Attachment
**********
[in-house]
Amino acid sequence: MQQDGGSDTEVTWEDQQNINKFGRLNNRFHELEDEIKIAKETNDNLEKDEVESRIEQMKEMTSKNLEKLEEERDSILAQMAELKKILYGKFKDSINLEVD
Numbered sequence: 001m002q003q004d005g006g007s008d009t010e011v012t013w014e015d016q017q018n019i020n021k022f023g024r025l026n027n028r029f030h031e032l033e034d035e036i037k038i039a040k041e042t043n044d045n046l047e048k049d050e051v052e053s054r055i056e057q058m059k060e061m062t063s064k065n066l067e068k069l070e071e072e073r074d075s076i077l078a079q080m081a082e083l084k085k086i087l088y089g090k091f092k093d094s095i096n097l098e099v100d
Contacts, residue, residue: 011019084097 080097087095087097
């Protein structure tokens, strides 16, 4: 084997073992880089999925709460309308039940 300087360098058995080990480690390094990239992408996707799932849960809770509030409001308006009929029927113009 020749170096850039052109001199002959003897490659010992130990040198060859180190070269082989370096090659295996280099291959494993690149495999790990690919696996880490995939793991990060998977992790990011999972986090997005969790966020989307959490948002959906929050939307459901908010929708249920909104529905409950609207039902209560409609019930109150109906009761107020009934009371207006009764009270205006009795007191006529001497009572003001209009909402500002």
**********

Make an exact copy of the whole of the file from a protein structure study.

[in-house]
Amino acid sequence: MQQDGGSDTEVTWEDQQNINKFGRLNNRFHELEDEIKIAKETNDNLEKDEVESRIEQMKEMTSKNLEKLEEERDSILAQMAELKKILYGKFKDSINLEVD
Numbered sequence: 001m002q003q004d005g006g007s008d009t010e011v012t013w014e015d016q017q018n019i020n021k022f023g024r025l026n027n028r029f030h031e032l033e034d035e036i037k038i039a040k041e042t043n044d045n046l047e048k049d050e051v052e053s054r055i056e057q058m059k060e061m062t063s064k065n066l067e068k069l070e071e072e073r074d075s076i077l078a079q080m081a082e083l084k085k086i087l088y089g090k091f092k093d094s095i096n097l098e099v100d
Contacts, residue, residue: 011019084097 080097087095087097
């Protein structure tokens, strides 16, 4: 084997073992880089999925709460309308039940 300087360098058995080990480690390094990239992408996707799932849960809770509030409001308006009929029927113009 020749170096850039052109001199002959003897490659010992130990040198060859180190070269082989370096090659295996280099291959494993690149495999790990690919696996880490995939793991990060998977992790990011999972986090997005969790966020989307959490948002959906929050939307459901908010929708249920909104529905409950609207039902209560409609019930109150109906009761107020009934009371207006009764009270205006009795007191006529001497009572003001209009909402500002």